Silicon Valley and Ancient Greece

“Silicon Valley and ancient Greece”, writes Ulrich Richter in #SpecialCollaboration

In the San Francisco Bay, the free speech movement began in Berkeley, where there was a hippie trend; The beat generation was born, there were many movements that coexisted, different groups of thoughts such as Hindu, meditation and yoga, other Zen, etc.

However, by the early 1970s a change in mentalities was beginning to take shape. “Computing has gone from being relegated as a tool of bureaucratic control to being embraced as a symbol of the expression of individuality and liberation,” wrote John Markoff in his study of the convergence of counterculture and the computer industry titled What the dormouse said. what the dormouse said). That was a spirit that Richard Brautigan endowed with lyricism in his 1967 poem, “All Protected by Machines of Loving Beauty.” The fusion between the cyber world and psychedelia was confirmed when Timothy Leary claimed that personal computers had become the new LSD and revised his famous mantra to proclaim: “Turn on, boot up, turn off.” The musician Bono, who later befriended Steve Jobs, often talked to him about why they ended up creating the personal computer industry. “The inventors of the 21st century were a bunch of weed-smoking sandaled hippies from the West Coast, like Steve. They saw things differently,” he stated. “Where politics had failed to transform humanity, computers could.”

It is clear to me that none of the technological leaders is a monk or priest, but today they do constitute a social group not based in Miletus or Samos or anywhere in Greece; most of them have settled in the mecca of technology, Silicon Valley, where mathematics has played a predominant or fundamental role since the end of the 1960s. It corresponds to the southern zone of the San Francisco Bay Area, in the Northern California. Business growth in the area began with electronics businesses, microchip manufacturers, video game designers, and computer companies. Most of the technology centers such as Google, today Alphabet Inc., Apple Inc., Cisco Systems, eBay, Hewlett-Packard, Intel, Nokia, Microchip Technology Inc., Oracle Corporation, Yahoo !, Tesla Motors, Facebook, McAfee, PayPal, Twitter, Xerox PARC, among others; so if in ancient times one of the philosophical and mathematical centers was Greece, today it has re-emerged in Silicon Valley.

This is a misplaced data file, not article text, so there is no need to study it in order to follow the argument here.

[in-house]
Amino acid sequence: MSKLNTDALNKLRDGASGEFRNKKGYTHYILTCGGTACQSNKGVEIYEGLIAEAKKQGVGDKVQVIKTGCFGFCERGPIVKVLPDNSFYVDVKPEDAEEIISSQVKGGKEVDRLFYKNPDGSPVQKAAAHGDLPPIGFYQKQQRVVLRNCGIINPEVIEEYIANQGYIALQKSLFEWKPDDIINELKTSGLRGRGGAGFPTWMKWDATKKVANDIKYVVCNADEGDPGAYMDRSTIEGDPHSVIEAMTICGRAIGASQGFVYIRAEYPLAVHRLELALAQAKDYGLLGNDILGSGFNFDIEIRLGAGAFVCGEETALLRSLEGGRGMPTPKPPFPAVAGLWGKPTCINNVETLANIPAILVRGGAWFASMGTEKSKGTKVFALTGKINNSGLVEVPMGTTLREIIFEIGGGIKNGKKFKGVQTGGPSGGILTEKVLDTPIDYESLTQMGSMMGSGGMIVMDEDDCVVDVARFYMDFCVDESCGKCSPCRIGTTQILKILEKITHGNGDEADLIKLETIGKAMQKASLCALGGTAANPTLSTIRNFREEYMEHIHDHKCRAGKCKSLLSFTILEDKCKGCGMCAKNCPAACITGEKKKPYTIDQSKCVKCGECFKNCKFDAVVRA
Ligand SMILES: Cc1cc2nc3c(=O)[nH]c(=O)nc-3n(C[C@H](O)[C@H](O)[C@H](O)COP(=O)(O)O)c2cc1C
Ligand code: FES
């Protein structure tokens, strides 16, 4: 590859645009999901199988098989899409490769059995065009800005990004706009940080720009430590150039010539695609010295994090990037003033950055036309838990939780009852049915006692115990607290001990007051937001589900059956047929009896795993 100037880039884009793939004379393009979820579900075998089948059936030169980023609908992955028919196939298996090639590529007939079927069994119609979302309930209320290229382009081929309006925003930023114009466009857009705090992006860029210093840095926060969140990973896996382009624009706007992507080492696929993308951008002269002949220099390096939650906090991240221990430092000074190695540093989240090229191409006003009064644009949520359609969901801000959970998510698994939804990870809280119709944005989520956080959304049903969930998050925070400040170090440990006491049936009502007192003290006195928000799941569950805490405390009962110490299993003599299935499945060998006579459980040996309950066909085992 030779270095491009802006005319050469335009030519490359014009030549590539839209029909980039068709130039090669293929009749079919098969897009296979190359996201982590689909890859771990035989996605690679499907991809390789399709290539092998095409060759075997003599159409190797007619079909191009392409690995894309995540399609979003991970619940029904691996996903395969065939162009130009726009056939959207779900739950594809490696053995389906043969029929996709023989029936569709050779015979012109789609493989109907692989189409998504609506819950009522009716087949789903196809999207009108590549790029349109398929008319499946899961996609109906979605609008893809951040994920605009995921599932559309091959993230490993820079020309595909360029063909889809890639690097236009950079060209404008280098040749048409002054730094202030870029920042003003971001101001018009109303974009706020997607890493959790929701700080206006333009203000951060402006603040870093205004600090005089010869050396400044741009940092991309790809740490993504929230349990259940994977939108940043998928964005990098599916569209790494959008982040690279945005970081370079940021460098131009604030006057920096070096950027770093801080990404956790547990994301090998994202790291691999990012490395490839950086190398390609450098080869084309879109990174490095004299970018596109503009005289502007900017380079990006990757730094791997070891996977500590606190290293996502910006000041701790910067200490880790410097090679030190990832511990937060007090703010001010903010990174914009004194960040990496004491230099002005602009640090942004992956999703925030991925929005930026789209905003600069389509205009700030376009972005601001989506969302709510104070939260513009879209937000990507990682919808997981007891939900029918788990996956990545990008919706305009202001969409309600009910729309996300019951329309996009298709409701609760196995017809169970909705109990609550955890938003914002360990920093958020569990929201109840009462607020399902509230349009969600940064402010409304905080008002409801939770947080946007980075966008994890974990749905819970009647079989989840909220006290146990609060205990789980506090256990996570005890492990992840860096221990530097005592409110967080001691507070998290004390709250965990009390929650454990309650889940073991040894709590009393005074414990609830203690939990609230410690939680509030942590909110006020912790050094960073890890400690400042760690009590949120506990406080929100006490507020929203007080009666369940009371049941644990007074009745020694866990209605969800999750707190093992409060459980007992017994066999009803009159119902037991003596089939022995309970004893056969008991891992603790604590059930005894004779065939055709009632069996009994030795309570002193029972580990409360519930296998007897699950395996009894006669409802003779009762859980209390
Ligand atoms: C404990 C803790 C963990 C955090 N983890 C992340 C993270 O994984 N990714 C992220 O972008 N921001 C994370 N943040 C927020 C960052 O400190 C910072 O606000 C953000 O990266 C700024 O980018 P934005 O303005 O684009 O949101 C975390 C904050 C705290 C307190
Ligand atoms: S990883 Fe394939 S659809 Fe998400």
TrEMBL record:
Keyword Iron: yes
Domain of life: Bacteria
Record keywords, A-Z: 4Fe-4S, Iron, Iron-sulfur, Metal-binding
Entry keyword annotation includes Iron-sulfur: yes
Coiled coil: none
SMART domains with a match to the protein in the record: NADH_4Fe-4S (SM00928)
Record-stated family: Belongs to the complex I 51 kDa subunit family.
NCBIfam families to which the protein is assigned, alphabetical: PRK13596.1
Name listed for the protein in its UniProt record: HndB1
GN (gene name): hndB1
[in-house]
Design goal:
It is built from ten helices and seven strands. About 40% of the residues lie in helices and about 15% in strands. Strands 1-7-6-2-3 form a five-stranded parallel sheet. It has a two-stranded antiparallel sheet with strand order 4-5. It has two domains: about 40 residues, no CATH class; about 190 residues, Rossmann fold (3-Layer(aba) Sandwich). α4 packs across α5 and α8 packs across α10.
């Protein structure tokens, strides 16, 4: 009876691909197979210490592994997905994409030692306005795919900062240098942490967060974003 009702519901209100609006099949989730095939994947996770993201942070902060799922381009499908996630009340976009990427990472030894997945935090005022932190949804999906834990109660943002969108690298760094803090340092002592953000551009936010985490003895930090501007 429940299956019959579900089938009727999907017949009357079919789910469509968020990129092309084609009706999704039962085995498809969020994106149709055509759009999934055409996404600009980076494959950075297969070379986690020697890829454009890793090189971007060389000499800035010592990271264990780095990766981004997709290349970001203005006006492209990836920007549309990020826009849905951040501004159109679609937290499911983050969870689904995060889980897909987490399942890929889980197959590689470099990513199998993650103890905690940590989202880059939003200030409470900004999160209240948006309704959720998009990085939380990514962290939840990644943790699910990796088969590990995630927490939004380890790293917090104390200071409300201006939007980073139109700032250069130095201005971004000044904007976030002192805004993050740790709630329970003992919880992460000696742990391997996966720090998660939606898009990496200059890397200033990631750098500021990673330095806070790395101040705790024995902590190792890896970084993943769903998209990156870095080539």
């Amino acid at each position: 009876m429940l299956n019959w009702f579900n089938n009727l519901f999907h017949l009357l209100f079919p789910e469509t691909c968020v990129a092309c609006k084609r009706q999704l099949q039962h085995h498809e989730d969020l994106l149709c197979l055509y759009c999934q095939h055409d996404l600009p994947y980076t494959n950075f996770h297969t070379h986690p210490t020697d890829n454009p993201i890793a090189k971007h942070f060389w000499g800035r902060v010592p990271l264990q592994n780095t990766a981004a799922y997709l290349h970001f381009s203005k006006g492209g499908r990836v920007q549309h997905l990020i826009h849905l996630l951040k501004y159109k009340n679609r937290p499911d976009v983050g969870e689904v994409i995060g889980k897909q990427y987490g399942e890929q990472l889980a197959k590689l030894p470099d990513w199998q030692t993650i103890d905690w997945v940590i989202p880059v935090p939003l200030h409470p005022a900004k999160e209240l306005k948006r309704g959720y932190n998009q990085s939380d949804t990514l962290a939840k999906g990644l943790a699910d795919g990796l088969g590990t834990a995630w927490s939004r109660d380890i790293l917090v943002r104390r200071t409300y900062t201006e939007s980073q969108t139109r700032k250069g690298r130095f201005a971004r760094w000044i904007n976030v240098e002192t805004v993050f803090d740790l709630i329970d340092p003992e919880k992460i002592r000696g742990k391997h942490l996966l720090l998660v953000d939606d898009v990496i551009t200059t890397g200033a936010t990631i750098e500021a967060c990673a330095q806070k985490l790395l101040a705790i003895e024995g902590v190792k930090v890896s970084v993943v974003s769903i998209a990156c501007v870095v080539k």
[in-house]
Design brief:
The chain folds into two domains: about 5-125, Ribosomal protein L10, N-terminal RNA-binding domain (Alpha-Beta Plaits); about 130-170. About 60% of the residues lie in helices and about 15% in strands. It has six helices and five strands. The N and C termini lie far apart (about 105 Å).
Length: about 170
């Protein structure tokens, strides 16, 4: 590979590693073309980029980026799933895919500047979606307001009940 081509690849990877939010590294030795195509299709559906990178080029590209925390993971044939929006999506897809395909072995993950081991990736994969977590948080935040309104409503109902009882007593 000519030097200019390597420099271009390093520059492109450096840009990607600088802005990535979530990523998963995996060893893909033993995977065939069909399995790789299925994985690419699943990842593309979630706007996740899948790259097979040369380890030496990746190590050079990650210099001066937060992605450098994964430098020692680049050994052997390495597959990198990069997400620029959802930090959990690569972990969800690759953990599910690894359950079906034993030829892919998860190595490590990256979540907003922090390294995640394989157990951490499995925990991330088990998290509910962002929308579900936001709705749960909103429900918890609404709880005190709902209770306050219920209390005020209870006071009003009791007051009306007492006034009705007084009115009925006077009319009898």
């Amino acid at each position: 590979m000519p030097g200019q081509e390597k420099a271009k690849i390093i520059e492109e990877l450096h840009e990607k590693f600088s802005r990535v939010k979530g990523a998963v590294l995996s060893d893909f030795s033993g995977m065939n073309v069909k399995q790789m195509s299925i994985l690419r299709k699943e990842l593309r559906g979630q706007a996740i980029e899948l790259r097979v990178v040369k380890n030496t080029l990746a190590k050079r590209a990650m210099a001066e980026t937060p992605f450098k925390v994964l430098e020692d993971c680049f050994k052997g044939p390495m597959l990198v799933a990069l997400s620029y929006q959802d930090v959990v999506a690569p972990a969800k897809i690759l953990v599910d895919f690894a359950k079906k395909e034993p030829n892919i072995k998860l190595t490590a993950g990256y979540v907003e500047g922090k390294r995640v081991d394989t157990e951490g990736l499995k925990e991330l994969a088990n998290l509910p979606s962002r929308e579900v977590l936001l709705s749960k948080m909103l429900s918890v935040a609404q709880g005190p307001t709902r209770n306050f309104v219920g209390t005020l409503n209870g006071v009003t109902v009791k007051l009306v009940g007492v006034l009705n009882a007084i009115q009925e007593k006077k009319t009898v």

We can mention some of the most important cities in Silicon Valley, such as Menlo Park, Mountain View, Los Altos, San Francisco, Palo Alto, San José, Belmont, among others; places where, I repeat, the headquarters of some of the technological giants are located.

Even the Pentagon has opened a center to be close to the most innovative and not be left behind in the world of technology, or perhaps it settled in that geographical area so that by having them nearby it can monitor or spy on their progress in technological innovations.

This promised land heir to ancient Greece gives so many benefits that some of the most prominent billionaires are found there; To name a few, we have the founders of Google, today Alphabet Inc., Sergey Brin and Larry Page, Arash Ferdowsi of Dropbox and Peter Gassner of Veeva Systems, among others.

In and around Silicon Valley, at least twenty self-driving commercial efforts are underway. Auto giants like Nissan and Ford compete with technology companies of the caliber of Apple, Baidu and Google itself.

In this coastal mountain range of California and the San Francisco Bay there is a center of knowledge: Stanford University, one of the best educational institutions in the United States in the field of engineering and computer science, which gave rise to technology companies such as HewlettPackard, Cisco, Yahoo!, Sun Microsystems and Google itself, today Alphabet.

Certainly, when reflecting on ancient Greece, it is impossible not to observe the parallels between the mecca of mathematical and philosophical knowledge of the ancient world, and the digital disruptive pole erected in Silicon Valley today.


Twitter: @UlrichRichterM

Lawyer and activist, Master in Criminal Sciences

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Silicon Valley and Ancient Greece